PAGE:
The lightweight tiles protected the shuttles from extreme temperatures when the orbiters re-entered the Earth’s atmosphere. The food, which was precooked or processed so that refrigeration is unnecessary, is ready to eat or could be prepared simply by adding water or by heating. Schools can register for a login ID and request a tile or food at:  http://gsaxcess.gov/NASAWel.htm

Full Story: http://www.nasa.gov/home/hqnews/2011/sep/HQ_11-296_Shuttle_Tiles_Space_Food.html

NASA Launches Mission to Study Moon From Crust to Core

September 13, 2011 Leave a comment

 Image credit: NASA/JPL-Caltech/Thom Baur, United Launch Alliance

Image credit: NASA/JPL-Caltech/Thom Baur, United Launch Alliance

NASA’s twin lunar Gravity Recovery and Interior Laboratory (GRAIL) spacecraft lifted off from Cape Canaveral Air Force Station in Florida at 9:08 a.m. EDT (6:08 a.m. PDT) Saturday, Sept. 10, to study the moon in unprecedented detail.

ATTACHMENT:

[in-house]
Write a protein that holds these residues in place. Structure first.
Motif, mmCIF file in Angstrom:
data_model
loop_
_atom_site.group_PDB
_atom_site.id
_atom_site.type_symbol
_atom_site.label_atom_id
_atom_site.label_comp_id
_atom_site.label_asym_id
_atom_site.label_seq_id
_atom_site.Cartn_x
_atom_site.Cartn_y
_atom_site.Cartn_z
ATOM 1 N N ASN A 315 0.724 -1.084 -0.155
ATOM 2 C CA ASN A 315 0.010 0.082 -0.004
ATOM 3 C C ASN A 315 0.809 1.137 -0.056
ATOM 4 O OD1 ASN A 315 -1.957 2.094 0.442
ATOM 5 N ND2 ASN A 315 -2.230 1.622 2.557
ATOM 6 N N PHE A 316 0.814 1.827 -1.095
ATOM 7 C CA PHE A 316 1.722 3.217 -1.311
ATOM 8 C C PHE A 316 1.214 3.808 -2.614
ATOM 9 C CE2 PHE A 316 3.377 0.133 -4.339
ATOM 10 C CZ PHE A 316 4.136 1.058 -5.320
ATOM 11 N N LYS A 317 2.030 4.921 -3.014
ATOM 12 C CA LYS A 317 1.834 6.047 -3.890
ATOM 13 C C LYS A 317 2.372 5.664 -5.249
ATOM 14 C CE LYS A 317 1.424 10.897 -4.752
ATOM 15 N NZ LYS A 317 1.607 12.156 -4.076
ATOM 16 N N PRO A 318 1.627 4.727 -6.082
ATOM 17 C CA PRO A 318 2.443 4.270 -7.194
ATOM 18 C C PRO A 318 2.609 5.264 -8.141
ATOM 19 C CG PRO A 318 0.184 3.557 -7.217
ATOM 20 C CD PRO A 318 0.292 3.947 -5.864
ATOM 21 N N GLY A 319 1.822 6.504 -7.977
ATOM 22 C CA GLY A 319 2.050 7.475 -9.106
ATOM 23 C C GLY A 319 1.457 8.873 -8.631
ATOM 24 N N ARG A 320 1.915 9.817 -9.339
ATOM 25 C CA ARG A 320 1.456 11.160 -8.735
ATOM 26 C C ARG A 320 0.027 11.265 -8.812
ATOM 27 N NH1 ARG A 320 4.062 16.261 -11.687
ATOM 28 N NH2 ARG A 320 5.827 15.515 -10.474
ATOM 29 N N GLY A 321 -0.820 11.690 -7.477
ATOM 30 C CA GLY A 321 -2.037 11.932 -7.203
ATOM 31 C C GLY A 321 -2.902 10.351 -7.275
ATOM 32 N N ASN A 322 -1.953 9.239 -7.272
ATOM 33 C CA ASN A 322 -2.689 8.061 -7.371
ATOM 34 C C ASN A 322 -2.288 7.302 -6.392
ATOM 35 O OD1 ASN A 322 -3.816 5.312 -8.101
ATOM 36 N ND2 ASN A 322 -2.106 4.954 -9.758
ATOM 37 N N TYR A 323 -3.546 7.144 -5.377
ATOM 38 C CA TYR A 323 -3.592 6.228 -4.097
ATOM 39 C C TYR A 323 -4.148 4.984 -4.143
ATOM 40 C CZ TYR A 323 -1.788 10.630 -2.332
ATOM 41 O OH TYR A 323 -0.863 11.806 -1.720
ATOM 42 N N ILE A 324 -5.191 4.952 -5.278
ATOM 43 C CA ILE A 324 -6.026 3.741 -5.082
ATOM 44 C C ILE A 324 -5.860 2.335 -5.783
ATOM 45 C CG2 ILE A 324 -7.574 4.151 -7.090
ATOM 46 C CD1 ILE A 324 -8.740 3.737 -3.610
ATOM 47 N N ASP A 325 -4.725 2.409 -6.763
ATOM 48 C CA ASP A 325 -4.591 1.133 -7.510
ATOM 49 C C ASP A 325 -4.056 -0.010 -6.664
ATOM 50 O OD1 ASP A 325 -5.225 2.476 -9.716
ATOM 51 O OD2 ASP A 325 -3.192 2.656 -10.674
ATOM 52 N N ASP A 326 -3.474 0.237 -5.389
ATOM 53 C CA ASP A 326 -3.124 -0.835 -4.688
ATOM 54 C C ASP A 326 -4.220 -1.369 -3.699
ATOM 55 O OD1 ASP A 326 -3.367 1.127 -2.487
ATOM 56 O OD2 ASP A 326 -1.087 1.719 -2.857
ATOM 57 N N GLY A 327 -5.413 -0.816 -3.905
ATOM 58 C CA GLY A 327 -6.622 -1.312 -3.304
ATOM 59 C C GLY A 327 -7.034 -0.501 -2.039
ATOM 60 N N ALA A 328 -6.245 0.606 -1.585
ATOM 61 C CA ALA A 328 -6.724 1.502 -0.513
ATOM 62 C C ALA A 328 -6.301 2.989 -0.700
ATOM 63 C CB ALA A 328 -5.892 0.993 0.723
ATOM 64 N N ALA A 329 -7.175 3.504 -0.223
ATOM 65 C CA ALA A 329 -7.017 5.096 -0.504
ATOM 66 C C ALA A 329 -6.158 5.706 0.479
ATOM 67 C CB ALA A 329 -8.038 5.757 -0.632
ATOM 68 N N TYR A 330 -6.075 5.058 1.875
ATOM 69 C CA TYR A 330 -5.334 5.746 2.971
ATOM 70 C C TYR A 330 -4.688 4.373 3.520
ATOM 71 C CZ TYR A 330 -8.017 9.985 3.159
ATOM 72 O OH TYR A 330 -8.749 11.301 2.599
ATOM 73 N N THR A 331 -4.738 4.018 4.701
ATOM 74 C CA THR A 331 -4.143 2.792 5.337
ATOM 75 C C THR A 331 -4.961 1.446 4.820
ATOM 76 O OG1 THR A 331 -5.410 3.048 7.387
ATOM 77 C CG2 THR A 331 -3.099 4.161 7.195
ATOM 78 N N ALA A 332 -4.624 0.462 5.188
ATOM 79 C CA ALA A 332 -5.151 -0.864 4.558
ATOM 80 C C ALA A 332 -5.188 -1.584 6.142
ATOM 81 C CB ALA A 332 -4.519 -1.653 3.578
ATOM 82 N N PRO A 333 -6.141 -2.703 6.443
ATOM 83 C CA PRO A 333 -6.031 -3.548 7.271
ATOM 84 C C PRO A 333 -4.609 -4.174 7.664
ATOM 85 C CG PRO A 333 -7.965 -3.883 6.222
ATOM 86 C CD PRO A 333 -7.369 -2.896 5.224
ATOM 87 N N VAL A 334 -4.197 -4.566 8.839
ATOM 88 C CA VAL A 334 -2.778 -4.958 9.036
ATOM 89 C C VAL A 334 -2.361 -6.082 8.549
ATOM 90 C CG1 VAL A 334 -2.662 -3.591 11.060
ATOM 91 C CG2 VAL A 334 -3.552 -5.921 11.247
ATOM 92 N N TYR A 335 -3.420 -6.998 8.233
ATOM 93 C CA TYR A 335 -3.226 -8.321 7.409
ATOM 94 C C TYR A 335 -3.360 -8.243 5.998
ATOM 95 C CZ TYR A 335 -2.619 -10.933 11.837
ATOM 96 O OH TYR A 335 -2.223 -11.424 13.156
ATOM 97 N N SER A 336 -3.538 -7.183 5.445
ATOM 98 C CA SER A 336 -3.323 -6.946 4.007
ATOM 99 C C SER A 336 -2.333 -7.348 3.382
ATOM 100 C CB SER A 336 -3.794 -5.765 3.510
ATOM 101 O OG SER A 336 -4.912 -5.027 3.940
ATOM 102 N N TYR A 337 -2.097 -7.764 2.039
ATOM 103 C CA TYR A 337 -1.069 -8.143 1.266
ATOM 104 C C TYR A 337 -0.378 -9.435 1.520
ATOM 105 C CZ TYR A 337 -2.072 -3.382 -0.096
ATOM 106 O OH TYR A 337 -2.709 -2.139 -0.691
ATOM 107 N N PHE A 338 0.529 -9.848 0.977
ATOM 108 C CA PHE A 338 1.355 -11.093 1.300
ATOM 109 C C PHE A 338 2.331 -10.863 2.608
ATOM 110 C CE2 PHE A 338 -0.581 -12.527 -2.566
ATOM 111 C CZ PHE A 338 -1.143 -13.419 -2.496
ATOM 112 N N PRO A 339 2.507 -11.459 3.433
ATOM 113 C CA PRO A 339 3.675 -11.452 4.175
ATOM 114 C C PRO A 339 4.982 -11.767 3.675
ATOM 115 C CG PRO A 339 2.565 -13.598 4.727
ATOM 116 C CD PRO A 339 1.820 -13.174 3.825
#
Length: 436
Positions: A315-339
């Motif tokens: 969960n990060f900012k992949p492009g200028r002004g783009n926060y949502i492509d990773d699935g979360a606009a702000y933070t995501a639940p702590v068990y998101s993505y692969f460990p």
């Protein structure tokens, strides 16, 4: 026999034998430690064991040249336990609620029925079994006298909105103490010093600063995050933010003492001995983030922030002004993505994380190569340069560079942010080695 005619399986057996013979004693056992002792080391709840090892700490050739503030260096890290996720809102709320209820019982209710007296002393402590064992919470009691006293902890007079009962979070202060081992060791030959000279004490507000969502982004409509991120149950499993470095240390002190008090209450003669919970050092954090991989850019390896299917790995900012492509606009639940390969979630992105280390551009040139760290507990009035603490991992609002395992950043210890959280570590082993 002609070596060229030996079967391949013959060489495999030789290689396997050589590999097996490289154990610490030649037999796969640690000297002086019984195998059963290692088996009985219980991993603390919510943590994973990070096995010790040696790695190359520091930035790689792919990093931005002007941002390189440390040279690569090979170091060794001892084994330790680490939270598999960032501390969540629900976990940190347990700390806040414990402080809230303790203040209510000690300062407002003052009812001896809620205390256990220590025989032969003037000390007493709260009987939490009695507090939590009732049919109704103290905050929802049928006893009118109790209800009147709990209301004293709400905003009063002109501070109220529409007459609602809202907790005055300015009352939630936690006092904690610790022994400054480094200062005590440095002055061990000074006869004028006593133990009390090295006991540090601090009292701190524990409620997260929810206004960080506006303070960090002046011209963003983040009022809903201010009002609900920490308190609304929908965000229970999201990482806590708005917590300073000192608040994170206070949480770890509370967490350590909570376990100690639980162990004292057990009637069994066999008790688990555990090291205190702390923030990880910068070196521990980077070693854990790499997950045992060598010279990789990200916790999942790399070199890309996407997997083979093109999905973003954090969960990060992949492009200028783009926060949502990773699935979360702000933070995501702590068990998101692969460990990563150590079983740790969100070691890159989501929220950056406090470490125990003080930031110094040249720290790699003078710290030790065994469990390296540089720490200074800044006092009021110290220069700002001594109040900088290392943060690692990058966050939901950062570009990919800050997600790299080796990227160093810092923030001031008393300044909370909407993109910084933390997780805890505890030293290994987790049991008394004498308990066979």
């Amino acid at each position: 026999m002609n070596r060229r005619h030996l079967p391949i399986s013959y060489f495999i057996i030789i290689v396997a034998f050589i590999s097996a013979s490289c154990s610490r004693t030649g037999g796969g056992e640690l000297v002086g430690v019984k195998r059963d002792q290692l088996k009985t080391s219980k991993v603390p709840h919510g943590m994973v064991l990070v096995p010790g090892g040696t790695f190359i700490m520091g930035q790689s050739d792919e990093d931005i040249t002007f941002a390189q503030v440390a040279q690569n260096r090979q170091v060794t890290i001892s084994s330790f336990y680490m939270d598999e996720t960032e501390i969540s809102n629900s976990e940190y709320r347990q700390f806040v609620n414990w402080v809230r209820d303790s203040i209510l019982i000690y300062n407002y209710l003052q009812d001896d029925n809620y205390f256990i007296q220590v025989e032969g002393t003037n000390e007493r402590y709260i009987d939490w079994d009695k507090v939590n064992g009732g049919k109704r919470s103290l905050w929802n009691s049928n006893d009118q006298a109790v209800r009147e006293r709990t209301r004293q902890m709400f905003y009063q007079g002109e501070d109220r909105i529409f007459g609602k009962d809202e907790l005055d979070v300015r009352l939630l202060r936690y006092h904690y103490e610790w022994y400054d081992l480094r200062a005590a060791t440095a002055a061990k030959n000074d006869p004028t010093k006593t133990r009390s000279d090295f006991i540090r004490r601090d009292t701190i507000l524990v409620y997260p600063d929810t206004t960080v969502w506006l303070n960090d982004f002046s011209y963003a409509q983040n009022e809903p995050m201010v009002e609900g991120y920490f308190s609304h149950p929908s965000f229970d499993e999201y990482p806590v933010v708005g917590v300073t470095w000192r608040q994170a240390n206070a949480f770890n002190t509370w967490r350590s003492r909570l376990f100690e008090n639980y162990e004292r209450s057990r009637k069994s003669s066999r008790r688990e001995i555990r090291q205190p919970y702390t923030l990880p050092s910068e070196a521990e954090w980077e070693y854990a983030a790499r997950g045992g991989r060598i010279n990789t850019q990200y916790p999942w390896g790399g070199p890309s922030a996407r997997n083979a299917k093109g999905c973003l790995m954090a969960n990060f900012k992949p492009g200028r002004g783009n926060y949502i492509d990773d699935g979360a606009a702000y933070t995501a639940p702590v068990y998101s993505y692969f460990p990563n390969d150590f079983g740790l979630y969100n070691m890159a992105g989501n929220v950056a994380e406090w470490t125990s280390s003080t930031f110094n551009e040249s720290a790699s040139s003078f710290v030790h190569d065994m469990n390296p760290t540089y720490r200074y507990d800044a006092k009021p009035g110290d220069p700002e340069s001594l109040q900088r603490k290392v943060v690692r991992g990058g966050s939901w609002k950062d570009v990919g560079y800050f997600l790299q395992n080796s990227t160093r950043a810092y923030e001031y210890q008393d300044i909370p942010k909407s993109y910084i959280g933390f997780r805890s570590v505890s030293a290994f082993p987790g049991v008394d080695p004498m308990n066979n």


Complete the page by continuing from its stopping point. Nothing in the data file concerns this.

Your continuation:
GRAIL-A is scheduled to reach the moon on New Year’s Eve 2011, while GRAIL-B will arrive New Year’s Day 2012. The two solar-powered spacecraft will fly in tandem orbits around the moon to measure its gravity field. GRAIL will answer longstanding questions about the moon and give scientists a better understanding of how Earth and other rocky planets in the solar system formed.

Full Story: http://www.jpl.nasa.gov/news/news.cfm?release=2011-285

Deep Space Capsule Comes Alive With First Weld

September 13, 2011 Leave a comment

Construction began this week on the first new NASA spacecraft built to take humans to orbit since space shuttle Endeavour left the factory in 1991, and marked a significant milestone in carrying out the ambitious exploration vision President Obama and Congress have laid out for the nation.